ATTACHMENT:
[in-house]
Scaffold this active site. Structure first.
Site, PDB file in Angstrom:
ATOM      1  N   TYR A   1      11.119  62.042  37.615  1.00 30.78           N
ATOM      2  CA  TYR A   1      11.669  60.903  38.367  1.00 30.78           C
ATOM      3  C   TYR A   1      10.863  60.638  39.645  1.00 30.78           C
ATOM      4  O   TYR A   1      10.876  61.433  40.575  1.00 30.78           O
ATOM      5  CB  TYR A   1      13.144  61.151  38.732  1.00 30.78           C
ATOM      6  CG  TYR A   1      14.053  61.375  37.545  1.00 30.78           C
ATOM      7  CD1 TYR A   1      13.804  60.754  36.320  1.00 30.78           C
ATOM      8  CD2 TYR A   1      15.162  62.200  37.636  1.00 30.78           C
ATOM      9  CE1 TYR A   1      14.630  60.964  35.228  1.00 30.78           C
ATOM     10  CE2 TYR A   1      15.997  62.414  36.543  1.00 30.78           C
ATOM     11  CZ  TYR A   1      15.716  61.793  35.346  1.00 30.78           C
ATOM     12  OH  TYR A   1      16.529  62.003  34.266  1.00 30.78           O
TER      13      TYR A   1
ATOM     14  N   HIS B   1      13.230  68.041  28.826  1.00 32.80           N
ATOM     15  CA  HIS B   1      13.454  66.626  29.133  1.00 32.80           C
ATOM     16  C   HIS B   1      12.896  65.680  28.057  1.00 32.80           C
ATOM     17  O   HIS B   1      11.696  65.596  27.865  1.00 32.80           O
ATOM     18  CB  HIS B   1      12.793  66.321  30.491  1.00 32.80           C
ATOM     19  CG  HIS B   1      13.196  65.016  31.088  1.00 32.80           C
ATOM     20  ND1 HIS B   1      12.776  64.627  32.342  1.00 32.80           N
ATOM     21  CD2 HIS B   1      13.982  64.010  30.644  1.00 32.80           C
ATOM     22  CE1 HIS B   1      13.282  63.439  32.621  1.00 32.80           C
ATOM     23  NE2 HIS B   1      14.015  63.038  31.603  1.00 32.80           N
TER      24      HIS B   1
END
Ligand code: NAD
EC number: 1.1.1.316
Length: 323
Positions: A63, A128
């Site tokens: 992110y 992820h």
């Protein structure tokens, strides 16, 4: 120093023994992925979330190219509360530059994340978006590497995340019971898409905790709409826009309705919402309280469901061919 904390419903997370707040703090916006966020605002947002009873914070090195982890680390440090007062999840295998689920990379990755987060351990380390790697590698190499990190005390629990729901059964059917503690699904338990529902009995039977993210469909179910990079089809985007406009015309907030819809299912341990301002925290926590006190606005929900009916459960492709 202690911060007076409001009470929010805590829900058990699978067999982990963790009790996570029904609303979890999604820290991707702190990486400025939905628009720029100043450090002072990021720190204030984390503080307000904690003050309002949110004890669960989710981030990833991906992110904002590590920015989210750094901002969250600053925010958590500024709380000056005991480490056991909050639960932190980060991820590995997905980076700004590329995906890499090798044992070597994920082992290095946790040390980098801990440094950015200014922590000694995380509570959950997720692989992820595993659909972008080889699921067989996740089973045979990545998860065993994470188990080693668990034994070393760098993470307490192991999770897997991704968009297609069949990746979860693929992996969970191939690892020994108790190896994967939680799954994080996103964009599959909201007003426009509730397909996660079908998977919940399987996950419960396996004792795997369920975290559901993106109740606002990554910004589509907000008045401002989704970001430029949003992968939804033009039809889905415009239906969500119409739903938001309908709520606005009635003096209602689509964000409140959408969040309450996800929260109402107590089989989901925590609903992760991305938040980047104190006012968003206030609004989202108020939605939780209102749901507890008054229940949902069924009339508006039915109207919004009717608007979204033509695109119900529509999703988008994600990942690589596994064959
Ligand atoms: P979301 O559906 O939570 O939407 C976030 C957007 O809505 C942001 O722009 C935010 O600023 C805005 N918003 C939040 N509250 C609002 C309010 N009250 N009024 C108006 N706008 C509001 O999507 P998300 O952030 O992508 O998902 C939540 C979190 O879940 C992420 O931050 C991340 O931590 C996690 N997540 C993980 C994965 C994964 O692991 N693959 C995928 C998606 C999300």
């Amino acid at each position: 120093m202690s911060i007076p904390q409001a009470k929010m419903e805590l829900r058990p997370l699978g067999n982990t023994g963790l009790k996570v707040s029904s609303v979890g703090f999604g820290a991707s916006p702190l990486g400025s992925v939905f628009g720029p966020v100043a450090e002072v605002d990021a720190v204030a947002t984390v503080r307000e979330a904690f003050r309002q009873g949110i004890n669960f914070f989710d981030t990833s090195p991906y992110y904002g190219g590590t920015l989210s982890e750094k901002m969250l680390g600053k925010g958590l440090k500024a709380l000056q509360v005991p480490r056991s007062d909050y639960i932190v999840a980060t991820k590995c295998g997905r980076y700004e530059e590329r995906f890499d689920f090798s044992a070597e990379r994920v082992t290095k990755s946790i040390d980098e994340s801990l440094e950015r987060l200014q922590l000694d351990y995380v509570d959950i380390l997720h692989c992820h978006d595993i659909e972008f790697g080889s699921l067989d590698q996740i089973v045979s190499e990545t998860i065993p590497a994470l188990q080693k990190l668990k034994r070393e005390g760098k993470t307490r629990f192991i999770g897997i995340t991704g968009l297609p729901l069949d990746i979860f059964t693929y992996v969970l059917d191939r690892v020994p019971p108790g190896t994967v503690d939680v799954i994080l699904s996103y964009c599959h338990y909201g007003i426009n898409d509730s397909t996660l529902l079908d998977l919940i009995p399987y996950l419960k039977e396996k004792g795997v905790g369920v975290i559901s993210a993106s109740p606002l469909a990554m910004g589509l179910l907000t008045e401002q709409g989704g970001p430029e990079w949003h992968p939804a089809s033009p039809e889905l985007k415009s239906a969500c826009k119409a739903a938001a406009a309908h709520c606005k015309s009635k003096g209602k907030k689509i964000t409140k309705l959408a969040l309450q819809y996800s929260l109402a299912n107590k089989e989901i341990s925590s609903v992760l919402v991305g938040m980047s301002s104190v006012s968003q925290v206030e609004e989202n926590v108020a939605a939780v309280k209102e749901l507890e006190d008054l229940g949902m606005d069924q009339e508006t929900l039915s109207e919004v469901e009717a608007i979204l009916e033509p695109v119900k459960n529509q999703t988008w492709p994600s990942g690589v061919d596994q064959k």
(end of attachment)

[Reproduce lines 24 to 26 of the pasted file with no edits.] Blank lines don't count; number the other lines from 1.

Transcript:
ATOM     21  CD2 HIS B   1      13.982  64.010  30.644  1.00 32.80           C
ATOM     22  CE1 HIS B   1      13.282  63.439  32.621  1.00 32.80           C
ATOM     23  NE2 HIS B   1      14.015  63.038  31.603  1.00 32.80           N